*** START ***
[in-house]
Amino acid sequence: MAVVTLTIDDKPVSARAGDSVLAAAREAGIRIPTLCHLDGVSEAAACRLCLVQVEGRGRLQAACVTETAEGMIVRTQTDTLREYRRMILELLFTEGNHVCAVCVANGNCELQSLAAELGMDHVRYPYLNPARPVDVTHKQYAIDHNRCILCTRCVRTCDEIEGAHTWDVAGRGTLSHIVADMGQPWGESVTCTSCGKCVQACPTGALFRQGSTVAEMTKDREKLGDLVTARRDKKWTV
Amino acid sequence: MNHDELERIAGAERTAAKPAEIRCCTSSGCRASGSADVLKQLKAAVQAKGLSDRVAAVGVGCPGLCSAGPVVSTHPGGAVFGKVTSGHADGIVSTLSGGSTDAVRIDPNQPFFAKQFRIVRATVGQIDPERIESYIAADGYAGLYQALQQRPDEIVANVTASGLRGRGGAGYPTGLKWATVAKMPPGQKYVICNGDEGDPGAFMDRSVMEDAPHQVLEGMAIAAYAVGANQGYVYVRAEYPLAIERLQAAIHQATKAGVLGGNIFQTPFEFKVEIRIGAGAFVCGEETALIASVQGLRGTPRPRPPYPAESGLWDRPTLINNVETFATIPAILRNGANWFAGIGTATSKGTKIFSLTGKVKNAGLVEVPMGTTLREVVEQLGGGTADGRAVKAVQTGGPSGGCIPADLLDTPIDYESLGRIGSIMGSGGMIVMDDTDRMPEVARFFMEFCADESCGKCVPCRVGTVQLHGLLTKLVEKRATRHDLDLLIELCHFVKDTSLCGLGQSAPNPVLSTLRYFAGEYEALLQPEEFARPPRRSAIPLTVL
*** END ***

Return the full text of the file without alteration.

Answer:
[in-house]
Amino acid sequence: MAVVTLTIDDKPVSARAGDSVLAAAREAGIRIPTLCHLDGVSEAAACRLCLVQVEGRGRLQAACVTETAEGMIVRTQTDTLREYRRMILELLFTEGNHVCAVCVANGNCELQSLAAELGMDHVRYPYLNPARPVDVTHKQYAIDHNRCILCTRCVRTCDEIEGAHTWDVAGRGTLSHIVADMGQPWGESVTCTSCGKCVQACPTGALFRQGSTVAEMTKDREKLGDLVTARRDKKWTV
Amino acid sequence: MNHDELERIAGAERTAAKPAEIRCCTSSGCRASGSADVLKQLKAAVQAKGLSDRVAAVGVGCPGLCSAGPVVSTHPGGAVFGKVTSGHADGIVSTLSGGSTDAVRIDPNQPFFAKQFRIVRATVGQIDPERIESYIAADGYAGLYQALQQRPDEIVANVTASGLRGRGGAGYPTGLKWATVAKMPPGQKYVICNGDEGDPGAFMDRSVMEDAPHQVLEGMAIAAYAVGANQGYVYVRAEYPLAIERLQAAIHQATKAGVLGGNIFQTPFEFKVEIRIGAGAFVCGEETALIASVQGLRGTPRPRPPYPAESGLWDRPTLINNVETFATIPAILRNGANWFAGIGTATSKGTKIFSLTGKVKNAGLVEVPMGTTLREVVEQLGGGTADGRAVKAVQTGGPSGGCIPADLLDTPIDYESLGRIGSIMGSGGMIVMDDTDRMPEVARFFMEFCADESCGKCVPCRVGTVQLHGLLTKLVEKRATRHDLDLLIELCHFVKDTSLCGLGQSAPNPVLSTLRYFAGEYEALLQPEEFARPPRRSAIPLTVL